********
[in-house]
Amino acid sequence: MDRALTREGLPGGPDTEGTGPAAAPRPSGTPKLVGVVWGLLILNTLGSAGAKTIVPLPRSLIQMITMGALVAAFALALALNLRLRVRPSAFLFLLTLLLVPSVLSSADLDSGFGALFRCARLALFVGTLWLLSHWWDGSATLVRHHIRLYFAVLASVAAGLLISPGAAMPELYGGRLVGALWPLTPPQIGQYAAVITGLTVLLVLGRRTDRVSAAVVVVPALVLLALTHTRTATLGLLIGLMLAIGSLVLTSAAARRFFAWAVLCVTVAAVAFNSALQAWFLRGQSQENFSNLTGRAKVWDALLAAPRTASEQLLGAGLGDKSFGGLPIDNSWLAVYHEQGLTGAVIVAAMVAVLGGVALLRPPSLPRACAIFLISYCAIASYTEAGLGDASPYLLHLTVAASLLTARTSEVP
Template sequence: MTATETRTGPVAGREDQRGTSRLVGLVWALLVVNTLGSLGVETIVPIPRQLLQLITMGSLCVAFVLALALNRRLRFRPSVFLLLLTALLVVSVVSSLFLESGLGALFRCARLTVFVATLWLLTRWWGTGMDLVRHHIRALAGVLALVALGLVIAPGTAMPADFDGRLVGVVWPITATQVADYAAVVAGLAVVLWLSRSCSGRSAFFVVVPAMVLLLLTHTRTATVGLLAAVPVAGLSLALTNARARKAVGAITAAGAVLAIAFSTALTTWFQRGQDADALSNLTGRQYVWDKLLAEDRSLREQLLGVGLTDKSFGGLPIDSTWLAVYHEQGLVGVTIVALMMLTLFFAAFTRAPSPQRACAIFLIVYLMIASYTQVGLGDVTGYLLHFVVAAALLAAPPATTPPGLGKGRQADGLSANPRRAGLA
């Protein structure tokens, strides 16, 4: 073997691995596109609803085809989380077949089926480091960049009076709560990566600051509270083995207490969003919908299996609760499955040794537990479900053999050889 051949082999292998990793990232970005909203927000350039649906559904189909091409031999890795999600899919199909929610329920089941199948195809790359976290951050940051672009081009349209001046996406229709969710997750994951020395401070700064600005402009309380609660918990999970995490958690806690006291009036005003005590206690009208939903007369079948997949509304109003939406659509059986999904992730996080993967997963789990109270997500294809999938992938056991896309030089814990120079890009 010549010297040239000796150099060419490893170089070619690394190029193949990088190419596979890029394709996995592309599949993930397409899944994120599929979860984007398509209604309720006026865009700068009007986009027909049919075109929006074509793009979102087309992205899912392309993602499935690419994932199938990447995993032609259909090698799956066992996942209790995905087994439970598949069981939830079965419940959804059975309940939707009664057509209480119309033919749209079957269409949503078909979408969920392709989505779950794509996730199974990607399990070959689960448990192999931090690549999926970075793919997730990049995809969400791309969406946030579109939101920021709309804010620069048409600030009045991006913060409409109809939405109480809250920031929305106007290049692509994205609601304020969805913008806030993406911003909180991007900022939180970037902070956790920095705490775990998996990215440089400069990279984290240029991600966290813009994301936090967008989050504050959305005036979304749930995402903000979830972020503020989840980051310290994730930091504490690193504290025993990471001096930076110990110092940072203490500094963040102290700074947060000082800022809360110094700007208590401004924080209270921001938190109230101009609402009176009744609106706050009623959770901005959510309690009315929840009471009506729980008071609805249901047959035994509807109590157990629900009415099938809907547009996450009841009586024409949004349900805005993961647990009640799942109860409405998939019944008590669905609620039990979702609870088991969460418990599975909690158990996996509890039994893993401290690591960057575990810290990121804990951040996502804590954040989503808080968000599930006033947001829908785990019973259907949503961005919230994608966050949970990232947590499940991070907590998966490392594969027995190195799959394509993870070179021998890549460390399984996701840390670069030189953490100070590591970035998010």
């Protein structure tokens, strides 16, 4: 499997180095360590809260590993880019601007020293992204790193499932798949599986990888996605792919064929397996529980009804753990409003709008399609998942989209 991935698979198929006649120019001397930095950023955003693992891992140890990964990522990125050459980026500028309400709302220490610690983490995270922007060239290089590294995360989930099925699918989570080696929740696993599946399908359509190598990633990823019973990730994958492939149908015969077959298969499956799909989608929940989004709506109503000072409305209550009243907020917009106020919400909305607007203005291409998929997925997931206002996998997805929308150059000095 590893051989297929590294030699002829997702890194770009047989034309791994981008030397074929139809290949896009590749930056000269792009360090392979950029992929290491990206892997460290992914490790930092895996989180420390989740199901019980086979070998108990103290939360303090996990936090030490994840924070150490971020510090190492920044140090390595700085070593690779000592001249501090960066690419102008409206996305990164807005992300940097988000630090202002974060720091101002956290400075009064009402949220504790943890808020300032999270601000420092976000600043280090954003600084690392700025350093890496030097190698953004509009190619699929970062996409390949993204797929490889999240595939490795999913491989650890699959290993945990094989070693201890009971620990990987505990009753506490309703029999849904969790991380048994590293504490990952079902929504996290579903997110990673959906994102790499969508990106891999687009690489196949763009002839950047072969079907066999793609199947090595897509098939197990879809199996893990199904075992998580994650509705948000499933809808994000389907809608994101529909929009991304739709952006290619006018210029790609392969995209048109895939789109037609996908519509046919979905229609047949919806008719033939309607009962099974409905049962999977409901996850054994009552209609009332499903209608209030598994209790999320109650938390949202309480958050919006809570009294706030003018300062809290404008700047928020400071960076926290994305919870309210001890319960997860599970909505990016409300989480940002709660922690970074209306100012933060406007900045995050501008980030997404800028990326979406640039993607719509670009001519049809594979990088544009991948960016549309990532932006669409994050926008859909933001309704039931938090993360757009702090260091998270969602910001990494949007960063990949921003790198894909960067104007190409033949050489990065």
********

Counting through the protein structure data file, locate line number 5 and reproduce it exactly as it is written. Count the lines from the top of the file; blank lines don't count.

């Protein structure tokens, strides 16, 4: 499997180095360590809260590993880019601007020293992204790193499932798949599986990888996605792919064929397996529980009804753990409003709008399609998942989209 991935698979198929006649120019001397930095950023955003693992891992140890990964990522990125050459980026500028309400709302220490610690983490995270922007060239290089590294995360989930099925699918989570080696929740696993599946399908359509190598990633990823019973990730994958492939149908015969077959298969499956799909989608929940989004709506109503000072409305209550009243907020917009106020919400909305607007203005291409998929997925997931206002996998997805929308150059000095 590893051989297929590294030699002829997702890194770009047989034309791994981008030397074929139809290949896009590749930056000269792009360090392979950029992929290491990206892997460290992914490790930092895996989180420390989740199901019980086979070998108990103290939360303090996990936090030490994840924070150490971020510090190492920044140090390595700085070593690779000592001249501090960066690419102008409206996305990164807005992300940097988000630090202002974060720091101002956290400075009064009402949220504790943890808020300032999270601000420092976000600043280090954003600084690392700025350093890496030097190698953004509009190619699929970062996409390949993204797929490889999240595939490795999913491989650890699959290993945990094989070693201890009971620990990987505990009753506490309703029999849904969790991380048994590293504490990952079902929504996290579903997110990673959906994102790499969508990106891999687009690489196949763009002839950047072969079907066999793609199947090595897509098939197990879809199996893990199904075992998580994650509705948000499933809808994000389907809608994101529909929009991304739709952006290619006018210029790609392969995209048109895939789109037609996908519509046919979905229609047949919806008719033939309607009962099974409905049962999977409901996850054994009552209609009332499903209608209030598994209790999320109650938390949202309480958050919006809570009294706030003018300062809290404008700047928020400071960076926290994305919870309210001890319960997860599970909505990016409300989480940002709660922690970074209306100012933060406007900045995050501008980030997404800028990326979406640039993607719509670009001519049809594979990088544009991948960016549309990532932006669409994050926008859909933001309704039931938090993360757009702090260091998270969602910001990494949007960063990949921003790198894909960067104007190409033949050489990065």